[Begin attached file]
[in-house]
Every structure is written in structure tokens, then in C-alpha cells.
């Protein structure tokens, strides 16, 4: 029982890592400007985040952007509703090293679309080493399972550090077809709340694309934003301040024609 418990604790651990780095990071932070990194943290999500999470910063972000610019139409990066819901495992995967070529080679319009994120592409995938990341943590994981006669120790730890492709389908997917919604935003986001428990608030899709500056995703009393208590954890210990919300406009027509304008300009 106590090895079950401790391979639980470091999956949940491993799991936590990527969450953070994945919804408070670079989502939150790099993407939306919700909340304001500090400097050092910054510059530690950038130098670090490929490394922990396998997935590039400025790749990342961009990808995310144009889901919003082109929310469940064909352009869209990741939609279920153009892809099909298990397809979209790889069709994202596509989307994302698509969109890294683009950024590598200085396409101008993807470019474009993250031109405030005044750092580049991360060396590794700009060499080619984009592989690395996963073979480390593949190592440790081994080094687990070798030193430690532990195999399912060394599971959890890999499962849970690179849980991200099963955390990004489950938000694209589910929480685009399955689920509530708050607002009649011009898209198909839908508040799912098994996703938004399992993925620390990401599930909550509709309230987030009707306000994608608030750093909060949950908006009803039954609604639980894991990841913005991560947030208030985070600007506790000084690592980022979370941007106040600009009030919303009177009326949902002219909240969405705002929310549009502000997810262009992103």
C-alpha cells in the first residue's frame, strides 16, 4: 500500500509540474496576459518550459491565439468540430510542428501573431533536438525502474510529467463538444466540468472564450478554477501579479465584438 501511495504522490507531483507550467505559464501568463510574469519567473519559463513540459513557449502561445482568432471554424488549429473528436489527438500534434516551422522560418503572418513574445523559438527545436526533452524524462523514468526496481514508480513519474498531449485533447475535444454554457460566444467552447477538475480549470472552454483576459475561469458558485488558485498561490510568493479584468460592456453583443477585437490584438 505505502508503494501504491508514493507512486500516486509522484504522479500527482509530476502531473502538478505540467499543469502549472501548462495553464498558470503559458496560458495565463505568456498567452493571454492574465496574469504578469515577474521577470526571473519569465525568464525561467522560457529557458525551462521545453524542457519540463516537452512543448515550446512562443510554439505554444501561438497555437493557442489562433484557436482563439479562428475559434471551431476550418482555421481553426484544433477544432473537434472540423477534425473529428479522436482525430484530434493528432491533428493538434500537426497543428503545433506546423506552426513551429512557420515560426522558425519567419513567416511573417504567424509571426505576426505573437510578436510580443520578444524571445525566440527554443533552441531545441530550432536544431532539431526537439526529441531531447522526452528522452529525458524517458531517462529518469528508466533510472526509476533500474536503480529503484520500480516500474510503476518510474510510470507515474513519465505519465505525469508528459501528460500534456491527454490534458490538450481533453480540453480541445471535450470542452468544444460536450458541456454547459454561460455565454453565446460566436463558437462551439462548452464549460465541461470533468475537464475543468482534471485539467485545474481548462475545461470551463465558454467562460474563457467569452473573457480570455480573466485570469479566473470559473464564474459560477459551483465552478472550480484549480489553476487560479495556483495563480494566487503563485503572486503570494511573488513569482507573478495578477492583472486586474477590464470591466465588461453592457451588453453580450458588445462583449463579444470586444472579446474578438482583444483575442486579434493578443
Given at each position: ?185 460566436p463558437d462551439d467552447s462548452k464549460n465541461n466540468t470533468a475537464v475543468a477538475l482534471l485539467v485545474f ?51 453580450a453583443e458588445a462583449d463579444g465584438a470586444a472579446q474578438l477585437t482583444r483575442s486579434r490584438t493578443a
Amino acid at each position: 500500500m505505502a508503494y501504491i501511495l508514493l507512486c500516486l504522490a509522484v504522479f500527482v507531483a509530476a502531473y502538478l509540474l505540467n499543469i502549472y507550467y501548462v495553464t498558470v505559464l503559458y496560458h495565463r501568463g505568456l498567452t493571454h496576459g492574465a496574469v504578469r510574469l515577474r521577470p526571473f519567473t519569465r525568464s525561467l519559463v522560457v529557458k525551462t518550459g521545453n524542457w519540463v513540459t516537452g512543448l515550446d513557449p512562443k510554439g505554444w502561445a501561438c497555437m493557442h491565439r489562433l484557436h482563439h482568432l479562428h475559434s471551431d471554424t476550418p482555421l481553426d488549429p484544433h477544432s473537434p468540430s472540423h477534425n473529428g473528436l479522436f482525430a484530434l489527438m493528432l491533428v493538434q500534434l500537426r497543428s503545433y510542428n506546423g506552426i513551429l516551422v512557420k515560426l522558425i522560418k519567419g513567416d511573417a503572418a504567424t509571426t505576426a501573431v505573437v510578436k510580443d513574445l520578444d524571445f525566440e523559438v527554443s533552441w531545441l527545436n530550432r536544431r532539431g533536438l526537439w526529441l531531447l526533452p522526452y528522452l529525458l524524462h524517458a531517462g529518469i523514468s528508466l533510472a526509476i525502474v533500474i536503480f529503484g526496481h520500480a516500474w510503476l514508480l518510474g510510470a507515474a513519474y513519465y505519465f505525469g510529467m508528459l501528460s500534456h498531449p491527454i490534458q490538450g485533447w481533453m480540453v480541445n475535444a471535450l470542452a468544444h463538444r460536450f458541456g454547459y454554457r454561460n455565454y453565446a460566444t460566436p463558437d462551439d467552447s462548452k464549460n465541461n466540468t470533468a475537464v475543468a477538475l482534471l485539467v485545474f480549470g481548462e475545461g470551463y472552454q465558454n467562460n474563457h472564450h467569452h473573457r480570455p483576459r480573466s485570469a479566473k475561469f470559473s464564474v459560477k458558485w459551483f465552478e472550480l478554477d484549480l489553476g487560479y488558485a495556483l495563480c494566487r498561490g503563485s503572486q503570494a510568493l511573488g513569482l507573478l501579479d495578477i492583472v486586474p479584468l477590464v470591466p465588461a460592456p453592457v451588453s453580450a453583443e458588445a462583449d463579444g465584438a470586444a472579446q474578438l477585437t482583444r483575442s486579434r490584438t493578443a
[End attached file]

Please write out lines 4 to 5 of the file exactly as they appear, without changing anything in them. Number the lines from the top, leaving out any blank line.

C-alpha cells in the first residue's frame, strides 16, 4: 500500500509540474496576459518550459491565439468540430510542428501573431533536438525502474510529467463538444466540468472564450478554477501579479465584438 501511495504522490507531483507550467505559464501568463510574469519567473519559463513540459513557449502561445482568432471554424488549429473528436489527438500534434516551422522560418503572418513574445523559438527545436526533452524524462523514468526496481514508480513519474498531449485533447475535444454554457460566444467552447477538475480549470472552454483576459475561469458558485488558485498561490510568493479584468460592456453583443477585437490584438 505505502508503494501504491508514493507512486500516486509522484504522479500527482509530476502531473502538478505540467499543469502549472501548462495553464498558470503559458496560458495565463505568456498567452493571454492574465496574469504578469515577474521577470526571473519569465525568464525561467522560457529557458525551462521545453524542457519540463516537452512543448515550446512562443510554439505554444501561438497555437493557442489562433484557436482563439479562428475559434471551431476550418482555421481553426484544433477544432473537434472540423477534425473529428479522436482525430484530434493528432491533428493538434500537426497543428503545433506546423506552426513551429512557420515560426522558425519567419513567416511573417504567424509571426505576426505573437510578436510580443520578444524571445525566440527554443533552441531545441530550432536544431532539431526537439526529441531531447522526452528522452529525458524517458531517462529518469528508466533510472526509476533500474536503480529503484520500480516500474510503476518510474510510470507515474513519465505519465505525469508528459501528460500534456491527454490534458490538450481533453480540453480541445471535450470542452468544444460536450458541456454547459454561460455565454453565446460566436463558437462551439462548452464549460465541461470533468475537464475543468482534471485539467485545474481548462475545461470551463465558454467562460474563457467569452473573457480570455480573466485570469479566473470559473464564474459560477459551483465552478472550480484549480489553476487560479495556483495563480494566487503563485503572486503570494511573488513569482507573478495578477492583472486586474477590464470591466465588461453592457451588453453580450458588445462583449463579444470586444472579446474578438482583444483575442486579434493578443
Given at each position: ?185 460566436p463558437d462551439d467552447s462548452k464549460n465541461n466540468t470533468a475537464v475543468a477538475l482534471l485539467v485545474f ?51 453580450a453583443e458588445a462583449d463579444g465584438a470586444a472579446q474578438l477585437t482583444r483575442s486579434r490584438t493578443a